On the background, different replicas exchange their log for the queued updates and update each other's vector clock. After the log exchange, each replica will check whether certain operation can be applied (when all the dependent operation has been received) and apply them accordingly. Notice that it is possible that multiple operations are ready for applying at the same time, the replica will sort these operation in causal order (by using the Vector clock comparison) and apply them in the right order.
The concurrent update problem at different replica can also happen. Which means there can be multiple valid sequences of operation. In order for different replica to apply concurrent update in the same order, we need a total ordering mechanism.
One approach is whoever do the update first acquire a monotonic sequence number and late comers follow the sequence. On the other hand, if the operation itself is commutative, then the order to apply the operations doesn't matter
After applying the update, the update operation cannot be immediately removed from the queue because the update may not be fully exchange to every replica yet. We continuously check the Vector clock of each replicas after log exchange and after we confirm than everyone has receive this update, then we'll remove it from the queue.
Map Reduce Execution
Notice that the distributed store architecture fits well into distributed processing as well. For example, to process a Map/Reduce operation over an input key list.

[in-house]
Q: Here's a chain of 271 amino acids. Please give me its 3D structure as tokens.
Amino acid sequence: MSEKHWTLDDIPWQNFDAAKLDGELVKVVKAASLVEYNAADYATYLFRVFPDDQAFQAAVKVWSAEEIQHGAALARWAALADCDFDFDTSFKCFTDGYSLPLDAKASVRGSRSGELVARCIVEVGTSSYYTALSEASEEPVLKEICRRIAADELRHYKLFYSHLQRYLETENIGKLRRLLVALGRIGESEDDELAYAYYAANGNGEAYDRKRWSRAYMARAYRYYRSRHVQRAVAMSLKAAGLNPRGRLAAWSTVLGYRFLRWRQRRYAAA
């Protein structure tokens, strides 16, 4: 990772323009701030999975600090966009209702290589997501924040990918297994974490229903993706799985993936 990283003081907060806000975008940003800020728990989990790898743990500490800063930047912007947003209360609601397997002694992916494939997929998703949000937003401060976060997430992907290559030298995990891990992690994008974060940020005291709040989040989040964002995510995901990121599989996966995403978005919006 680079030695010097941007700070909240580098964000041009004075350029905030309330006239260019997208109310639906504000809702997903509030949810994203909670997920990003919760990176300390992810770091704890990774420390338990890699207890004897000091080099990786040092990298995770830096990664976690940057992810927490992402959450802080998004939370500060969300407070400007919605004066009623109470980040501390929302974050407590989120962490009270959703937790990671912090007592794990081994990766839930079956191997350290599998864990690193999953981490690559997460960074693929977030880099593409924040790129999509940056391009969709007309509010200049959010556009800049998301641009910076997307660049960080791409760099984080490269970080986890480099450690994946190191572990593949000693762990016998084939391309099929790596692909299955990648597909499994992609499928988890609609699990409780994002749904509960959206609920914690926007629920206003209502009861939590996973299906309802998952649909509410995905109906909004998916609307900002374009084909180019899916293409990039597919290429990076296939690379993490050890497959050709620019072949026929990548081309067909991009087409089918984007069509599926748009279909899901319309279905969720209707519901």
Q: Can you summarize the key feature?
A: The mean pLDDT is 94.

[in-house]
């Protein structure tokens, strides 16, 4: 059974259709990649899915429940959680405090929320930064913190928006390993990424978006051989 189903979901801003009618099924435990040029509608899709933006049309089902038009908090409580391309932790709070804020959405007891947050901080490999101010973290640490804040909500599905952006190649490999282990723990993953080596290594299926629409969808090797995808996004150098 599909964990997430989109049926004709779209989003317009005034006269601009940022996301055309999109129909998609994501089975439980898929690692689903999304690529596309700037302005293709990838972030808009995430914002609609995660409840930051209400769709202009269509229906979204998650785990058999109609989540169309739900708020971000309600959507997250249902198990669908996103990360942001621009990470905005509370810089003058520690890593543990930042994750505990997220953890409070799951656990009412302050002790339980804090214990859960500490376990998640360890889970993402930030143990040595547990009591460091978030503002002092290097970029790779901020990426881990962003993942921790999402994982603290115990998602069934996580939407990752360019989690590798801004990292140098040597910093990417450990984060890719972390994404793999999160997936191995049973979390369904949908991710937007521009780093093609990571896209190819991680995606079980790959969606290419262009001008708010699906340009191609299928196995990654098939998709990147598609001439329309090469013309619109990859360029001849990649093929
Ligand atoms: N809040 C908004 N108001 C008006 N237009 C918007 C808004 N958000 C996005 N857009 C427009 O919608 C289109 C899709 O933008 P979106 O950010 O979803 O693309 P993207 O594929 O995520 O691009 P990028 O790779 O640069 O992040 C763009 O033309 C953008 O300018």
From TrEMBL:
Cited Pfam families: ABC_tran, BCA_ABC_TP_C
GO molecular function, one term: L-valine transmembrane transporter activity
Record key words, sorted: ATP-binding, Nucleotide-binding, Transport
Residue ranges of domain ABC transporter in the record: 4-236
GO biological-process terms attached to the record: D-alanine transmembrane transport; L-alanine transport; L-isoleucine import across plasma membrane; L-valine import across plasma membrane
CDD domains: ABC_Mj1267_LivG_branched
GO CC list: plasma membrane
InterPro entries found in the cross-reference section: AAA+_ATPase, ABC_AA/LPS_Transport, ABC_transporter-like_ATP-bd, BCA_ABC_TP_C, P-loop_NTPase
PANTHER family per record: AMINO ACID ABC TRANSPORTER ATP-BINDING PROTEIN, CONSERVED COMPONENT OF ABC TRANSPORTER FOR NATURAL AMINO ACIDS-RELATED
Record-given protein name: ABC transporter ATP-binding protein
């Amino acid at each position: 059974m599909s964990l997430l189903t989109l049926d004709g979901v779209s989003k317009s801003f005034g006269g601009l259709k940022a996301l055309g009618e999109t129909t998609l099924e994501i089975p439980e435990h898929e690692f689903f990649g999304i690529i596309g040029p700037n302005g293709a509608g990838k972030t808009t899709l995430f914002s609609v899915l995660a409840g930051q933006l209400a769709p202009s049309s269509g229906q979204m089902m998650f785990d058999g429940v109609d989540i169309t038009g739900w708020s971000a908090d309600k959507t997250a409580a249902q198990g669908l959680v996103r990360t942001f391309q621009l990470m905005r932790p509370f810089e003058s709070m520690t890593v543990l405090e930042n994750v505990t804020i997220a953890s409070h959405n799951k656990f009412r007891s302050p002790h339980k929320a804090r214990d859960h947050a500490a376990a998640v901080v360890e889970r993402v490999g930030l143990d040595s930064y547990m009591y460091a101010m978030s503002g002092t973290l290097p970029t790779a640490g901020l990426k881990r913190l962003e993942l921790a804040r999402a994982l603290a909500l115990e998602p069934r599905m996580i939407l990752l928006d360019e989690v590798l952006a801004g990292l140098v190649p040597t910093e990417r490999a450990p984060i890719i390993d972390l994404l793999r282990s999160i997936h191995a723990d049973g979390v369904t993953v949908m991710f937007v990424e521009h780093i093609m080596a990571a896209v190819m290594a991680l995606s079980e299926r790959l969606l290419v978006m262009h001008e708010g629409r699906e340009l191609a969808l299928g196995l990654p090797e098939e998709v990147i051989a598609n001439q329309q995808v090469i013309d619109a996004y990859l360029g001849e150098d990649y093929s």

The system will push the map and reduce function to all the nodes (ie: moving the processing logic towards the data). The map function of the input keys will be distributed among the replicas of owning those input, and then forward the map output to the reduce function, where the aggregation logic will be executed.
In a multi-master replication system, we use Vector clock timestamp to determine causal order, we need to handle "delete" very carefully such that we don't lost the associated timestamp information of the deleted object, otherwise we cannot even reason the order of when to apply the delete.
Therefore, we typically handle delete as a special update by marking the object as "deleted" but still keep its metadata / timestamp information around. Around a long enough time that we are confident that every replica has marked this object deleted, then we garbage collected the deleted object to reclaim its space.
One strategy is to use make the storage implementation pluggable. e.g. A local MySQL DB, Berkeley DB, Filesystem or even a in memory Hashtable can be used as a storage mechanism.
Another strategy is to implement the storage in a highly scalable way. Here are some techniques that I learn from CouchDB and Google BigTable.
CouchDB has a MVCC model that uses a copy-on-modified approach. Any update will cause a private copy being made which in turn cause the index also need to be modified and causing the a private copy of the index as well, all the way up to the root pointer.
Notice that the update happens in an append-only mode where the modified data is appended to the file and the old data becomes garbage. Periodic garbage collection is done to compact the data. Here is how the model is implemented in memory and disks
In Google BigTable model, the data is broken down into multiple generations and the memory is use to hold the newest generation. Any query will search the mem data as well as all the data sets on disks and merge all the return results. Fast detection of whether a generation contains a key can be done by checking a bloom filter.
When update happens, both the mem data and the commit log will be written so that if the machine crashes before the mem data flush to disk, it can be recovered from the commit log.
(Note: Opinions expressed in this article and its replies are the opinions of their respective authors and not those of DZone, Inc.)